The Cyberspace war and the battle for online power

The Internet’s become a new battle ground – of ideas, approaches, interests. Much like the physical world. Now we’re at war. Cyberspace war.

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On the one end there are traditional institutional powers – large corporations and governments while on the other there are the newly established powers – hackers, online movements, socially empowered groups. So if the Internet presented power to the latter –they, all of a sudden, had space for free and efficient communication and coordination, this might not be case anymore.

In the early days of the Internet, anonymity was dead easy. Global communication was possible, censorship was impossible, coordination was fast, authorities were clueless, hence slow. Bigger changes would occur as a result – citizen journalism would overtake traditional media. Web presence and reach would allow smaller organisations to compete decently against corporate giants. Individuals could express discontent and it could matter. Political parties stopped overruling society.

We’ve seen it so many times – the Anonymous, the Arab Spring, Occupy Wall Street, the Boston Bombing, Euromaiden. It was the new reality. A new world order.

Crowdfunding, crowdsourcing, social media elections, blogging, citizen journalism, digital marketing are not just trends, but came to change the world.

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But this somehow came to pass. The empowerment we talk about exists in an ever changing environment of updates and upgrades. We may sometimes forget that as we give out our data on the Internet, we, in fact, present it to powerful companies. They in turn are supposed to protect it and but they can’t escape the fact that their obligations come in two directions – to the client but more importantly to themselves.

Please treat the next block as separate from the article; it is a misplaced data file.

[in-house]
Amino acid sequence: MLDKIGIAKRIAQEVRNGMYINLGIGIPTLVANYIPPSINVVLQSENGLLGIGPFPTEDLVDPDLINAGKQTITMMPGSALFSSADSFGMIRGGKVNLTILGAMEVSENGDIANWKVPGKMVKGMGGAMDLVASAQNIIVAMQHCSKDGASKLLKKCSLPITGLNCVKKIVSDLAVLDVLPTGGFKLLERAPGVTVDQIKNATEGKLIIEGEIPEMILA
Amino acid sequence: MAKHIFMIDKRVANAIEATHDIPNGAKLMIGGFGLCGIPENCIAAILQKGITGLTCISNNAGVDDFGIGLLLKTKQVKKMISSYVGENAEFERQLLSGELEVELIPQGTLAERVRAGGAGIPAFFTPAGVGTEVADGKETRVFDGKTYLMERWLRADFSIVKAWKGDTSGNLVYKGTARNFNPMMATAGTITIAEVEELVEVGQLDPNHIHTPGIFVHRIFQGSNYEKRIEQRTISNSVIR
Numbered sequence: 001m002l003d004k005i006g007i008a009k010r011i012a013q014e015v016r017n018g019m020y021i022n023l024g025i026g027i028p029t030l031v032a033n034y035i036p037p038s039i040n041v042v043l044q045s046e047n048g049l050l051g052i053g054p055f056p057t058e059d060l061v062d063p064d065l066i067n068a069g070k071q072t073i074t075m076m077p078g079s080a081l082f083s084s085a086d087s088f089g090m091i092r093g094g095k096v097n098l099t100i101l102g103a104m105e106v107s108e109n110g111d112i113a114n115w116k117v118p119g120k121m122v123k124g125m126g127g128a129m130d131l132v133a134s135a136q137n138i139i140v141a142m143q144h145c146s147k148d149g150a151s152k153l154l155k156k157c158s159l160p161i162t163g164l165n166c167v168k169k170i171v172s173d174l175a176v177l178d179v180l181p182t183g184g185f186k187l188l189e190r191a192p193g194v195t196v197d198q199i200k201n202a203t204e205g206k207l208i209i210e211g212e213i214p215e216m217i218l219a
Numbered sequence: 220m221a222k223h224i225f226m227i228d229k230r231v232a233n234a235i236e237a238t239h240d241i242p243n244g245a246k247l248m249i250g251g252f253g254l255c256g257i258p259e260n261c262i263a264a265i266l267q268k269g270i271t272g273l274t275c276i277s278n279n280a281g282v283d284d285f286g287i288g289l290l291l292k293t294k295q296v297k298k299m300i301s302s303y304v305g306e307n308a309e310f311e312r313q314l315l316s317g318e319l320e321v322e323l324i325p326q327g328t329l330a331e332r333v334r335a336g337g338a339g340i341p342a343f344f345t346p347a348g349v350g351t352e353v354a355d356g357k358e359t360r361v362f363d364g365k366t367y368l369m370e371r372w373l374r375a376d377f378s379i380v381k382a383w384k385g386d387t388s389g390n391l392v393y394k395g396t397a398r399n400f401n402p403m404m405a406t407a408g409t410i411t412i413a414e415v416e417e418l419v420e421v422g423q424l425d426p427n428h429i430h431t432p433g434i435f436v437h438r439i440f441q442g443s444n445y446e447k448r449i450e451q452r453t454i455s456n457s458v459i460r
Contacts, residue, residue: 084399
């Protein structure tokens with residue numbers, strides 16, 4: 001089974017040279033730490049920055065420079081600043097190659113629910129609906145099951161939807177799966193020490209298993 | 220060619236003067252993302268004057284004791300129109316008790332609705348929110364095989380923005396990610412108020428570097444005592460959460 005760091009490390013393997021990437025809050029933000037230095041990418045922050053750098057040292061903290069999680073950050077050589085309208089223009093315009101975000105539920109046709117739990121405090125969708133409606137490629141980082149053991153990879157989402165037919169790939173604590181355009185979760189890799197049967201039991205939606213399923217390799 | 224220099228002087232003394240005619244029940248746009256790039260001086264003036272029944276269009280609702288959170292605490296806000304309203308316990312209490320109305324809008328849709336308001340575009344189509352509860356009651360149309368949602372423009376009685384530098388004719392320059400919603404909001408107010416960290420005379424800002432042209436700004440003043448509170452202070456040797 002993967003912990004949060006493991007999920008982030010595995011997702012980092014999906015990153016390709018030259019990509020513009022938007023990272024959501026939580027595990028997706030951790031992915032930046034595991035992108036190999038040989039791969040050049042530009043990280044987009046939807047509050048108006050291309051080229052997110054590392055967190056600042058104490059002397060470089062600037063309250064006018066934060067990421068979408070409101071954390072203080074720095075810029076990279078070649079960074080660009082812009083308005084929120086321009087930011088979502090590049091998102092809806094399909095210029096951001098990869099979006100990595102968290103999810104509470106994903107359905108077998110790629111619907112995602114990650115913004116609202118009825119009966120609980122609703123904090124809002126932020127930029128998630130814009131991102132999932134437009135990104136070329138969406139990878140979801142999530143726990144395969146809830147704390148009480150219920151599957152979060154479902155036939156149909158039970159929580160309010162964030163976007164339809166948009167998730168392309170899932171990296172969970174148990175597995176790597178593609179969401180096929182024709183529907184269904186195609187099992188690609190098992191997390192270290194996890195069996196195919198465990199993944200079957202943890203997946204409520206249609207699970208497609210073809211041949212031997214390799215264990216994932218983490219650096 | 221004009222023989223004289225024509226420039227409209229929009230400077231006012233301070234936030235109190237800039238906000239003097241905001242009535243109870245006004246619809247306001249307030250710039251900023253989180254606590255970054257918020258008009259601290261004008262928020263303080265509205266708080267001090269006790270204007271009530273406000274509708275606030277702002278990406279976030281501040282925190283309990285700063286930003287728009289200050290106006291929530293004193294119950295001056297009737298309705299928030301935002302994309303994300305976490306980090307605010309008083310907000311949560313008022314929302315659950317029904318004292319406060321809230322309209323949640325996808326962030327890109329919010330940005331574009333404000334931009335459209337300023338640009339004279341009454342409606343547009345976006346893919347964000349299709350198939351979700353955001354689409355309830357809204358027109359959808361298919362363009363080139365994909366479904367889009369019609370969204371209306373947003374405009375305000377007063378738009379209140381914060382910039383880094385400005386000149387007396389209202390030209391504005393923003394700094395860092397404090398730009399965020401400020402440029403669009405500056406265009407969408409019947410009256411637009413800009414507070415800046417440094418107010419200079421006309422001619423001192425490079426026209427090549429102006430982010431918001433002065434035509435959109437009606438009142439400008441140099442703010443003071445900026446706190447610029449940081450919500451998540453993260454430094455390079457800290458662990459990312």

They’re deliberately—and incidentally—changing social norms, as a result. They analyse and use the data to change use, or drive traffic all in the name of profit.

And in many cases, the interests of government and corporate powers align. We shouldn’t here forget that Twitter and Facebook are giant organisations in themselves. So we couldn’t underestimate the fact that in this cyber war, they would take the corporate end.

And it makes sense that NSA is using Facebook, Google and Verizon to get access to data it couldn’t otherwise. The same facial recognition technology that Disney uses in its theme parks can be incorporated to identify activists in Occupy Wall Street and China.

It’s a public/private surveillance partnership, in a way.

How did we come to such a shift? How, in those early Internet years, did we get the future so wrong?

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In truth, the Internet magnifies power. And while activists, social media group, the
powerless make use of new technologies faster, corporations have the resources to analyse, assess and eventually change technologies, or at least the tools the powerless would have. While corporations would have to play catch up, when they do, they do it effectively.

So while the Syrian protesters used Facebook to organize, the Government, in response, used Facebook to identify activists to arrest.
Right now it seems like it would be easier for authorities to identify protesters, that it would be for protesters to remain anonymous.

This is the essence of the battle – quick vs strong.

The problem is that leveraging power requires technical skills. Those with sufficient expertise are the ones that may stay ahead of corporations. This is the core reason why the Anonymous are still around as a political force, and why technically savvy whistleblowers can do extensive damage.

But most of us, for better or worse, are stuck in the middle. We’re not protected and can’t protect ourselves, may feel powerful but this may only be deceiving.

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